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Tuesday, June 21, 2005

I never thought I would say this , but I’m deeply disappointed in Dick Durbin. His tearful apology on the floor of the Senate was called "an act of courage" by John McCain. I call it something closer to an act of cowardice. An act of a man whose principles aren’t strong enough to withstand an onslaught of criticism that wasn’t in the least bit warranted. It’s as though he allowed others to convince him that he had said something that he never said.

I have listened to and re-read his original statement again and again and nowhere do I detect a comparison of the treatment of detainees at Guantanamo with the evils of Nazi Germany or the Soviet Union or Cambodia - only that the report of the FBI agent that he was reading into the record, could have been describing the sort of thing that we know took place in those kinds of countries. Nowhere is there any hint that our military personnel at Guantanamo are comparable to the butchers of any of those countries or that the handful of detainees whose treatment violated our standards of human rights, are comparable to the millions who suffered at the hands of the those repressive regimes.

I am a Jew. Relatives of mine died in the Holocaust. One survivor, my late cousin Rene Wolfin, a French doctor, wrote about the period and the members of our family who died in a memoir titled Ashes and Remorse. Not for one moment did I believe or get the sense that Senator Durbin was comparing our military personnel with the evil creatures who slaughtered millions of Jews, Poles, Russians, Gypsies and other "sub humans." Anyone who did, particularly Jews, weren’t listening to what Durbin said.

But apart from that - apart from the fact that Durbin apologized for something he didn’t say, the way that members of his own party have acted over the past few days speaks volumes about the differences between the two major political parties and why the Republicans control the White House and both Houses of Congress. They would never do what Durbin has just done. They would never speak of a fellow party member the way Richard Daley, the malapropistic Mayor of Chicago did today, with his face contorted with anger as if he was talking about someone who had just assaulted one of his children! They just don’t apologize. For anything!!

We have a President sitting in the White House who has quite probably committed the kind of acts for which he could be impeached, were it not for a majority in Congress who put party ahead of country. George W Bush not only never apologizes for anything, he never acknowledges that anything he does or says might be wrong. Bill Frist and others committed grievous acts of political cynicism during the Schiavo case debacle - and you can see how fast Frist is rushing to apologize and how his colleagues - specially the enigmatic John McCain are urging him to do so.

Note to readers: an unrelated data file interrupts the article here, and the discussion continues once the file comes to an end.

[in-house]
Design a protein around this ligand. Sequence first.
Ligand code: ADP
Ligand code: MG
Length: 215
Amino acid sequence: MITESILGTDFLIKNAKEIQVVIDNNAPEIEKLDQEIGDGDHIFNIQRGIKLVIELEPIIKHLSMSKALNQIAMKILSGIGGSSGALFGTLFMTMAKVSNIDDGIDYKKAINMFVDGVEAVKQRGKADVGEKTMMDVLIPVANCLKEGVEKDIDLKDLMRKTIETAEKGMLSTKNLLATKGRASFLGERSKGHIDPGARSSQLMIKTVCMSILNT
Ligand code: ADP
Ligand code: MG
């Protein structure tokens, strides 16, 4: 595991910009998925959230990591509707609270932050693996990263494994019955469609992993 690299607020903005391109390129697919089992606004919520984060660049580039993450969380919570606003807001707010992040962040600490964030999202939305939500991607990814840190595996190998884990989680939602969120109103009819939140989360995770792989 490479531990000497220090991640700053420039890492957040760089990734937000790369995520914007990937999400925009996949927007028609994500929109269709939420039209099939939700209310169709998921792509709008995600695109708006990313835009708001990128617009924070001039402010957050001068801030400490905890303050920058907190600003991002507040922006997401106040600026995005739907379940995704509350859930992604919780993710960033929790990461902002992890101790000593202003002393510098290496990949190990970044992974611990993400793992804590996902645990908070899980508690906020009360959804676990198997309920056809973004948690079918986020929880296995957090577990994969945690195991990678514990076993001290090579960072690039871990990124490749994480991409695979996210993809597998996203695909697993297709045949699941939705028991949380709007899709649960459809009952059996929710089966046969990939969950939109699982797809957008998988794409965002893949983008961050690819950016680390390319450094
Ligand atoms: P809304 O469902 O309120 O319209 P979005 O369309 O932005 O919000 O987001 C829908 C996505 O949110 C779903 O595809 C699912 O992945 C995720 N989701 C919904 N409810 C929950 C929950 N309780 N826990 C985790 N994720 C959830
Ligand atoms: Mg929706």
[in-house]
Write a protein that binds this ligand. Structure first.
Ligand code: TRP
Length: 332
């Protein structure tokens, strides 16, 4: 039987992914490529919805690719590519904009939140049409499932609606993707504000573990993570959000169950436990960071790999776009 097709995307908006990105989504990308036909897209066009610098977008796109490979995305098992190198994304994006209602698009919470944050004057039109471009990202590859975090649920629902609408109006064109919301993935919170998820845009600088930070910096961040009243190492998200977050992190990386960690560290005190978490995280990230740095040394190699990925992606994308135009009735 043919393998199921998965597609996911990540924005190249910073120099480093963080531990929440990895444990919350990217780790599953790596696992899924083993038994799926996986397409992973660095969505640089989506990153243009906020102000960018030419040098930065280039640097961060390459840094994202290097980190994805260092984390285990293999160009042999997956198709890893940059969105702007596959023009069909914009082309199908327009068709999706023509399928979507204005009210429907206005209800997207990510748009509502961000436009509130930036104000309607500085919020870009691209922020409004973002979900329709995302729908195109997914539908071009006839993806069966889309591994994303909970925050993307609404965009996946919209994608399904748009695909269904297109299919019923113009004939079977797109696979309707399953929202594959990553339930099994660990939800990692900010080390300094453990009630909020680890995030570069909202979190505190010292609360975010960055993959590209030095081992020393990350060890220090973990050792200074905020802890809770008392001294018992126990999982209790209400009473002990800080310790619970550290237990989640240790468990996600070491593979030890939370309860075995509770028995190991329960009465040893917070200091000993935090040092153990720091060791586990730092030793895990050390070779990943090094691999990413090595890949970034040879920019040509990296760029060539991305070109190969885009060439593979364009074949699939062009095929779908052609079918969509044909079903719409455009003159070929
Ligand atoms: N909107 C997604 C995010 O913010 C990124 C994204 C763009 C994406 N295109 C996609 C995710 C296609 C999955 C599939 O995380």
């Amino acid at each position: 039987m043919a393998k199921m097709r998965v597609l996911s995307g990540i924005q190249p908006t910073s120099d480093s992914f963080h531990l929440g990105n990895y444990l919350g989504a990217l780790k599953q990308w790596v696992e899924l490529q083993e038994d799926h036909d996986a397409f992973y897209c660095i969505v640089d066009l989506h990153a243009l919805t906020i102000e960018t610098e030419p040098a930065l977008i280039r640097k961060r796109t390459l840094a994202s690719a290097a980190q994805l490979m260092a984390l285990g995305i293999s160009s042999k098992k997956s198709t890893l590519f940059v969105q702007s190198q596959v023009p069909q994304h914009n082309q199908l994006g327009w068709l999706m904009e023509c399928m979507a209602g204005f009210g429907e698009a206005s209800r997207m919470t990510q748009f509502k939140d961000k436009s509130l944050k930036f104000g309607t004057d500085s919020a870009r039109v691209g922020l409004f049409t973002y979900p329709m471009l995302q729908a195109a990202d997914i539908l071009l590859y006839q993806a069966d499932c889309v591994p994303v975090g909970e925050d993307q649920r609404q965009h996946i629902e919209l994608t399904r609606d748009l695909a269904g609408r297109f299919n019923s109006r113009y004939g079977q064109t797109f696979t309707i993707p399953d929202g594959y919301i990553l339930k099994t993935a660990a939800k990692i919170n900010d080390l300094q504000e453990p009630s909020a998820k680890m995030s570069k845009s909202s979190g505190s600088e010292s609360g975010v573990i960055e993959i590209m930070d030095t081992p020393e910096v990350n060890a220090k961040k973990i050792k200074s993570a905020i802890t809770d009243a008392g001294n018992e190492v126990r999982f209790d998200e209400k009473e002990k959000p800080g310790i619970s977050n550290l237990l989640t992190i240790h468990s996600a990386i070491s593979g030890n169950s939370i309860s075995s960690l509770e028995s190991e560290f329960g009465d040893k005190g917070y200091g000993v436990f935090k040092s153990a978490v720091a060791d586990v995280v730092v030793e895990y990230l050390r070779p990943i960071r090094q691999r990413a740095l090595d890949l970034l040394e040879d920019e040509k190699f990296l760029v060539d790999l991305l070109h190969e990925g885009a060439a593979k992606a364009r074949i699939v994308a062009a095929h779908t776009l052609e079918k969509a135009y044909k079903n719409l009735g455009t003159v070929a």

For a long time now - at times it seems forever - we’ve heard talk about the Democrats having trouble defining who they are and what they stand for. I don’t have any problem understanding what they stand for and some of the things they most definitely do not stand for - among them kowtowing to the richest among us at the expense of the poor and middle class, blurring the line of separation between church and state to the point where it almost disappears and insisting upon political loyalty as a requirement for appointment to the Federal bench. But there is no question that a substantial number of voters are confused and I don’t imagine that they will become less confused after observing how Durbin handled the full court press of criticism that the Republicans hurled at him - with help from more than one Democrat.

After yesterday’s performance, Howard Dean is looking pretty good. Some people have been calling him a loose cannon. Some people have been calling for him to apologize for some of his criticisms of the Republican party. He may have been a little harsh in defining who the Republicans are and what they stand for, but Republicans have been doing that to Democrats for years and do you ever hear any of them apologize? Dean is taking the right stance. If and when he says something that he didn’t mean to say or says it in such a convoluted way that it could easily be misinterpreted , then I think he wouldn’t hesitate to offer an apology.

What Durbin should have done was to have hurled the criticism back in the face of the Republicans. Immediately. Before some of his fellow Democrats felt the heat and stepped back into protective shadows with comments like "he doesn’t speak for me." He should have said that those who are attacking me know damn well that I wasn’t saying that our military personnel at Guantanamo are as bad as Nazis. He should have said it’s interesting that they jump on my mention of repressive regimes - almost as though it was an act of treason - while ignoring what I was talking about - and you have to wonder why? Are they satisfied with what is being reported about what’s happening at Guantanamo? Are they happy with it? Do they give a damn or are they more interested in trying to smear me for bringing it up?

Instead, I think Durbin made the mistake of his life that will haunt him for the rest of his political career.

If Democrats are ever going to recapture Congress or the White House, they’re going to have say what they think and believe in no uncertain terms and not back down when they are criticized for saying it. If they follow the Durbin example and wince every time Howard Dean gives an impassioned speech, they’ll be doomed to the land of the minority for many elections to come.